We also were in need of fuel and water since we had not filled our tanks since we left Georgetown, Bahamas. We learned of “Handy Andy” from a cruising guide and he stopped by our boat before we even had a chance to call him on the VHF. We made arrangements for him and Pabo to bring fuel and water to the boat a few days later. The diesel fuel was pumped directly into our tanks from a bulk tank fitted on a special fuel transport boat and the water was purified RO water in five gallon jugs. Handy Andy carried the water down the companionway and filled our tanks for about $1.50 per five gallons. The diesel fuel was $4.50 per gallon delivered. The prices were fair and service was outstanding. I highly recommend the services of Handy Andy and Pabo. They will also scrape your boat bottom, watch your boat, and do cleaning services and any thing else you require. We also rented a mooring from them for $2 per day for the remainder of our stay. This is a deep harbor and it requires a lot of chain to be let out for good holding in the deep muddy bottom. We do not want to waste a lot of time washing ground tackle as we are trying to depart on a weather window so we took the mooring.


We have had a chance to visit many of the local markets and restaurants here in Luperon. There are a few restaurants that are run by US citizens that have made Luperon their home as well as those from other countries. The first place we visited on arrival was Shaggy’s and we found it to warm and inviting. Shaggy is a wealth of information and his food and beverage is fairly priced. He offers free internet service to his customers and hosts a local musician’s night on Wednesday. This is a must attend event that will give you hours of fun and entertainment all for the price of your favorite beverage. If you play an instrument be sure to bring it and join in the fun. Shaggy even helped us secure a local cell phone for about $15 that he will buy back when we depart. We enjoyed Shaggy’s very much and recommend you stop and see for yourself. We also ate a several of the local cafĂ©’s and found there food to be fresh, high quality and priced well below what one would expect. Captain Steve has a unique restaurant and bar that offers internet, showers, swimming pool, hammocks, food and beverage. The amenities are included for twelve hours with the purchase of a meal. We found Steve and Annie to be welcoming and helpful and also on our recommended list.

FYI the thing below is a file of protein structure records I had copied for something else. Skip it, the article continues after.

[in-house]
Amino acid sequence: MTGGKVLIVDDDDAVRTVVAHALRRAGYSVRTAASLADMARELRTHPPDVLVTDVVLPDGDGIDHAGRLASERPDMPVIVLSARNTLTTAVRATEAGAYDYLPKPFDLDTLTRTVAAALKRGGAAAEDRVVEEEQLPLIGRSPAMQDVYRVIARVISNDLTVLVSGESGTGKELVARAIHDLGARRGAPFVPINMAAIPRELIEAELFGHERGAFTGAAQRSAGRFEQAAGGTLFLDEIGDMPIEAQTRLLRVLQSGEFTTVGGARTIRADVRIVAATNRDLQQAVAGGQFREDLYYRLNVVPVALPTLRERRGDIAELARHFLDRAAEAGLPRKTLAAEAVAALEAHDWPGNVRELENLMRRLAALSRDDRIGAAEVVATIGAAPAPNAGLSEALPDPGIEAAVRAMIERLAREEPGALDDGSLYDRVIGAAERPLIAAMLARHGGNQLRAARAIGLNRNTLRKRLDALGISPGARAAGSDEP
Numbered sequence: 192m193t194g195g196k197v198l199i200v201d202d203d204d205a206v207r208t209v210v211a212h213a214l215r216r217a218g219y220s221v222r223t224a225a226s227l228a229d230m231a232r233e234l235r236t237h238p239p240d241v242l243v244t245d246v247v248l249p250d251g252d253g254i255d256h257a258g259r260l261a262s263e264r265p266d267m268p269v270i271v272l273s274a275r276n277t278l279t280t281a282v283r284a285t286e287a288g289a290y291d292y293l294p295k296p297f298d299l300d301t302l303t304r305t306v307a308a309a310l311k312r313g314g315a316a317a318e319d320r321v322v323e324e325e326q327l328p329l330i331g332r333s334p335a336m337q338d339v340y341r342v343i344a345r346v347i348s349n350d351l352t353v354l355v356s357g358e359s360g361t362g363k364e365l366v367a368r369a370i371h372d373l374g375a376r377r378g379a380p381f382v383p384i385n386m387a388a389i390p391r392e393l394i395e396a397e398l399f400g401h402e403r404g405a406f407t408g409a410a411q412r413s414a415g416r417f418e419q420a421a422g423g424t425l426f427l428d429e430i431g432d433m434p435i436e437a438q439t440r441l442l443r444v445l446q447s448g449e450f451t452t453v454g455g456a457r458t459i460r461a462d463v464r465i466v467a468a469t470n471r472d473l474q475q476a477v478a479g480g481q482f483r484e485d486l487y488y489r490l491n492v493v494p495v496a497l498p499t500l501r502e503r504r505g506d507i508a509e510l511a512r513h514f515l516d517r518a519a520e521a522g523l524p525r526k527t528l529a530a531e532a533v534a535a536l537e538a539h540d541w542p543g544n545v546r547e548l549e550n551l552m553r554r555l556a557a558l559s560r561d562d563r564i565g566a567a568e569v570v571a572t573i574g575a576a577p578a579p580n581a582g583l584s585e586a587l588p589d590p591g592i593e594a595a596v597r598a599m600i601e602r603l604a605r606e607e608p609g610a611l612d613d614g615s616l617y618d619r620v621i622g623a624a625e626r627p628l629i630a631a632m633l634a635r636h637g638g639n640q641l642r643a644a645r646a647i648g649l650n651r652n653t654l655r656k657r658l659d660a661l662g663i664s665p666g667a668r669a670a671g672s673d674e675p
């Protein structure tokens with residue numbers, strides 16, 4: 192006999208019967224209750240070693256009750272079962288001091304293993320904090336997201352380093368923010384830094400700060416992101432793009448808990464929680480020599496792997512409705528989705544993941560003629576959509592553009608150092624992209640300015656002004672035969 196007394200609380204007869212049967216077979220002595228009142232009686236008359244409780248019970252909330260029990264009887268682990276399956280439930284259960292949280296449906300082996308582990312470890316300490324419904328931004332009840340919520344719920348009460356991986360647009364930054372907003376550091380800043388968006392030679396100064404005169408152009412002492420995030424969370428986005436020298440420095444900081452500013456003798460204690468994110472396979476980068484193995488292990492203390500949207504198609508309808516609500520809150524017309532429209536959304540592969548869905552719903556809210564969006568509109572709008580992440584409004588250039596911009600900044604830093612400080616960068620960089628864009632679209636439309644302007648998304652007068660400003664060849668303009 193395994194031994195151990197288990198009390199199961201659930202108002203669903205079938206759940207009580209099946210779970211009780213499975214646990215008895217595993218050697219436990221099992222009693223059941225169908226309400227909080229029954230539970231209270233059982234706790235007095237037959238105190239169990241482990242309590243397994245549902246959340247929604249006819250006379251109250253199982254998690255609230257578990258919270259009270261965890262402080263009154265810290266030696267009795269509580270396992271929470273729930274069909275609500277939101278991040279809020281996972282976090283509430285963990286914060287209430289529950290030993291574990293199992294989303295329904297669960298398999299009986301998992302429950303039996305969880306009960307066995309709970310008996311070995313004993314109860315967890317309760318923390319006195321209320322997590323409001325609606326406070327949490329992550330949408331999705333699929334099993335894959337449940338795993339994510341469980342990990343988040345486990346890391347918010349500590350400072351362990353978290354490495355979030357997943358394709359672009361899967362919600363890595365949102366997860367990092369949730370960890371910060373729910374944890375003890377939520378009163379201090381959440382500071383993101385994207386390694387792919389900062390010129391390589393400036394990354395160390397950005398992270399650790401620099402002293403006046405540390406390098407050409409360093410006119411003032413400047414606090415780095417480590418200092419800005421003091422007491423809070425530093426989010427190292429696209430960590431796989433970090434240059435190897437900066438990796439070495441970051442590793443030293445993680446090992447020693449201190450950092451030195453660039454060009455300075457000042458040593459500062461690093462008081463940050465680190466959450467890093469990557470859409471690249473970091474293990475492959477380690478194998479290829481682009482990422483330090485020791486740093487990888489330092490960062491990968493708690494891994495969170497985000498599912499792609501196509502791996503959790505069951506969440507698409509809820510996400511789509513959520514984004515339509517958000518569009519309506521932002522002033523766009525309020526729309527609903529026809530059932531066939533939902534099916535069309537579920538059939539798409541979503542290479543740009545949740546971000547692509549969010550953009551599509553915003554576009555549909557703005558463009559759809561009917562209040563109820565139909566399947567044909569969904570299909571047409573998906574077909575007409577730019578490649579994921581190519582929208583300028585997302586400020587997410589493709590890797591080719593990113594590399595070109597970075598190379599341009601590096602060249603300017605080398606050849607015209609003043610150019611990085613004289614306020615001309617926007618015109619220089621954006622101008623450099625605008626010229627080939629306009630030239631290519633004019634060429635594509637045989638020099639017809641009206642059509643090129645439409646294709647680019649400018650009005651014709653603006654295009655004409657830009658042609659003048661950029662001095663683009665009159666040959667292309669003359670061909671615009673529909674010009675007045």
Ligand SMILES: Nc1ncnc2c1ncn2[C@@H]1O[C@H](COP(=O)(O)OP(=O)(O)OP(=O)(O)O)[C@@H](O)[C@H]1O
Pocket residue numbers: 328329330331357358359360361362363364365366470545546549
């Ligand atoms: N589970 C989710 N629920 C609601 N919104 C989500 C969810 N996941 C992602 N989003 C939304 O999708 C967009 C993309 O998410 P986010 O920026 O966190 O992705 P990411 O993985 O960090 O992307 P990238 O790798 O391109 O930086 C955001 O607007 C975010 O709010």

As we walked the streets we found open air clothing sales of new brand name clothes and shoes priced for pennies on the dollar. We were told that the folks selling the goods were Haitians and the clothes were donations that churches and others in the United States had provided to them. I was told there is an over supply of clothes and shoes in Haiti and that is why they bring them here to sell. My first thought was, why are people sending stuff they don’t need? I need to blog about this and help get it stopped so the right stuff gets to them. After further thought and investigation is seems that this process works just fine. You see, if you send them money it will never get to the people that need it. It is not feasible to send them high quality fresh food that they do need. So send the clothes and shoes. It gets passed on to the poor and needy and they sell what they do not need and buy high quality fresh food and take it back to Haiti.

We have spent several long days ashore getting our blog caught up, downloading photos, talking to loved ones on skype and relaxing. When we leave it is very dark and there are but a few street lights along the way to the government docks where the dinghy dock is located. We try not to use the flashlight as it kills our night vision. There is another bonus to saving our night vision. The harbor water in Luperon is teaming with organic life; fish, crabs, algae, bioluminous organisms and more. When we board the dinghy and start across the harbor the biolumious organisms begin to activate with a purple white glow all around the dingy wherever the water is disturbed. Some of you may have seen the cars at night that have the neon lights in the undercarriage? Well that is the appearance of our dinghy going across the harbor. The bow wave, the wake and the turbulence for the propeller all seem to be generating light. But wait there is more: as we motor through the water, the fish swim to avoid our dinghy and motor and they also activate the microscopic creatures that create the glow. So we get to watch this wonderful show of fish streaking just under the surface of the water that give the effect of neon bottle rockets being blasted off from the front underside of our dinghy. So maybe we stay in town a bit late after dark just to watch the show on the way back to Mary Rose.

Luperon has been a wonderful experience but it is time to leave as we make our way further east. There appears to be a marginal window opening up in the next 48 hours for a passage to Samana in the Northeast tip of the Dominican Republic. From there we make the crossing of the Mona Passage to Puerto Rico then on to the BVI. We hope to be able to make another stop in Luperon on our return trip to Florida.